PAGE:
Al Saqi Books, beleaguered by the pandemic lockdowns, flash flooding, disrupted supply chains and the cost of living crisis, is to bring the shutters down on its Westbourne Grove shopfront for the last time after 44 years. As the specialist Arab-world bookseller prepares for a closing-down sale later this month, we republish our Arab Showcase article that originally ran on January 26, 2021.
Sometimes a bookshop is as much about the building where it is housed as the bindings and words on the shelves.
As London's favourite repository of Arabic literature, Al Saqi Books has nestled for decades comfortably in a converted former theatre almost as extraordinary outside as the tales within the volumes for sale.
The facade is inconceivably elaborate, covered in arches, niches in spandrels and sculpted pilasters intermingled with carved fauna and flora, and figures of angels playing instruments, heralding what might lay in store.
Busts of writers Shakespeare, Milton, Bacon as well as painters Rubens and Raphael sit in circular panels on high observing the milling of Arab language readers below.
The melange makes Saqi an experience all to its own. Founded in 1979 by childhood friends André Gaspard and the late writer Mai Ghoussoub, who made London their home after they left the violence of the civil war in Lebanon, it is a means of Middle Easterners maintaining contact with their culture.
They were both Trotskyists who became involved in humanitarian efforts in the early years of the conflict until Ghoussoub lost an eye while attempting to evacuate a wounded Palestinian to hospital.
She sought treatment in Paris, and then settled in London, where she quickly realised that there weren’t any Arabic language bookshops, and suggested to Mr Gaspard that they open one.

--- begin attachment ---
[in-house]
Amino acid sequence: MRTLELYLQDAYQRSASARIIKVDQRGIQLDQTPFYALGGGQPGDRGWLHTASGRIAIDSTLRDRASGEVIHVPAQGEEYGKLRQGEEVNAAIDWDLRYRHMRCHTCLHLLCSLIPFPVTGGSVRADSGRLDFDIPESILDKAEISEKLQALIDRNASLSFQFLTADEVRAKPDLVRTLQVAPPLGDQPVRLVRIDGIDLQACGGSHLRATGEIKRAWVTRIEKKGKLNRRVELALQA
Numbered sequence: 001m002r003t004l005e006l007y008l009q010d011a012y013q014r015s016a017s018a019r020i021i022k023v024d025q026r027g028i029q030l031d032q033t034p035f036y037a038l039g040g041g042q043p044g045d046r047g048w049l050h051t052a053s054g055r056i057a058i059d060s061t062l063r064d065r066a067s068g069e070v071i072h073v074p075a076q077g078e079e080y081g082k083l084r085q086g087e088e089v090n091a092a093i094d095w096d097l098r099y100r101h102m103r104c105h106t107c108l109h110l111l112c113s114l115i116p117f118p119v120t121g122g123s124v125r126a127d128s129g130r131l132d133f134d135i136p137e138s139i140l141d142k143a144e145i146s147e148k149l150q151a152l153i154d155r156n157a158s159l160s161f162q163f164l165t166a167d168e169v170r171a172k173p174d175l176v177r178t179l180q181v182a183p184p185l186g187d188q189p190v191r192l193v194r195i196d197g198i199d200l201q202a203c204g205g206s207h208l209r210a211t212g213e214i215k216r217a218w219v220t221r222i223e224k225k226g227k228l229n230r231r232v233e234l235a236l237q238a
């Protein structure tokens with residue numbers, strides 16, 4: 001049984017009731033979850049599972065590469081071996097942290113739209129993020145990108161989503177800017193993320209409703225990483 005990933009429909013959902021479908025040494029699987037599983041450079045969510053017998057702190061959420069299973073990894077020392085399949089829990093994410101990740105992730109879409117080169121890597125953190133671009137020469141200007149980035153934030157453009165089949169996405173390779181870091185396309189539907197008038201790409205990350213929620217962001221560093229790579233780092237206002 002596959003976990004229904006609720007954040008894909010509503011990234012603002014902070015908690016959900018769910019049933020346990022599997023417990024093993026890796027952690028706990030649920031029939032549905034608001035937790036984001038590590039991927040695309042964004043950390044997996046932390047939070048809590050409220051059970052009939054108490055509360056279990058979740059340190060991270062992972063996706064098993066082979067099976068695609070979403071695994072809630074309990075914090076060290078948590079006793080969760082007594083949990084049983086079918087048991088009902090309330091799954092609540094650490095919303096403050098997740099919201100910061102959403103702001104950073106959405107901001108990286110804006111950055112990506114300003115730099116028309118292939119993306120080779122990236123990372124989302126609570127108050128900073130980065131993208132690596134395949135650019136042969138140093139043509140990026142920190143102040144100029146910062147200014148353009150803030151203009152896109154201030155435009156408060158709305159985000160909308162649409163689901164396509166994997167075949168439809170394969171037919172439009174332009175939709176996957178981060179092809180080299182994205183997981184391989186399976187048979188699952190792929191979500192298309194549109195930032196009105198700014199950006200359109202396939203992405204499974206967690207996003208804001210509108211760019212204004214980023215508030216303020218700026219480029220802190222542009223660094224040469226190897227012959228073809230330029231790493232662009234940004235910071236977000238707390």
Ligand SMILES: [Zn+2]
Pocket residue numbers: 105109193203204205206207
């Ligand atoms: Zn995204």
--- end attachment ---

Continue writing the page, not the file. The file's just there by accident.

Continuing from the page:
In the London store, they would be joined by Mr Gaspard’s wife, Salwa, and the three freethinkers then single-mindedly set up a publishing house to print English language books on the MENA region after growing frustrated at the lack of works available.
As Lynn Gaspard, the daughter of André and Salwa, explains, none of them had a publishing background, but all had been avid readers to obtain information and "intellectual escape" in troubled times in Lebanon.
Ms Gaspard points out the yellow and blue sign above the shop door, featuring the image of a man with a camel leather bag on his back bending down to two children, as the mission statement.
“The word Saqi means water-seller in Arabic,” Ms Gaspard says. “If you know our logo from our bookshop, you’ll see this. So it’s water, life, knowledge. That’s the whole meaning of Saqi.”
As the Lebanese war raged in the Eighties, Saqi, along with the Kufa Gallery next door, became a cultural hub for Middle Easterners, where Arabs, many of whom were in exile, would congregate and share their thoughts. From the Iraqi opposition to established and rising intellectuals, it was a space where differing opinions could be aired without fear.
For Salwa, in particular, however, it has long been a source of pride that most agreed at least in thinking of the small shop as a home from home - and still do.
In the case of the young Lynn, who spent a substantial part of her childhood there, it was even more so. "Saqi's my home," Ms Gaspard tells The National. "Saqi's much more than just a business to me. It symbolises so much more than that. I literally grew up in Saqi as a child," the 37-year-old says, with a laugh.
“After school, the minibus would drop me off at the bookshop and I would play in the basement,” she recalls. “My sister and I would play hide and seek among all the books, the shelves bursting full with Arabic and English language books. It was a lot of fun, and a really exciting time. The bookshop was thriving.”
Ms Gaspard, who eventually took over the publishing arm, said that one of the first books printed was The Crusades Through Arab Eyes, by the Lebanese-born French author Amin Maalouf. It would be joined on the shelves by scores of others over the next decades, on subjects as varied as politics and Arab art to cookery and travel.
The building was long owned by Dr Mohamed Makiya, a well-regarded Iraqi architect who set up the neighbouring Kufa Gallery where Saqi’s lively promotional events were held.
“It was a space where exhibitions, conferences and talks were held, and the Iraqi opposition at the time was invited to hold their meetings.
“In the Eighties, Saqi and the Kufa together became this incredible cultural institution for Middle Easterners in London, around the UK, but also internationally – as it is today, though without the Kufa Gallery unfortunately.”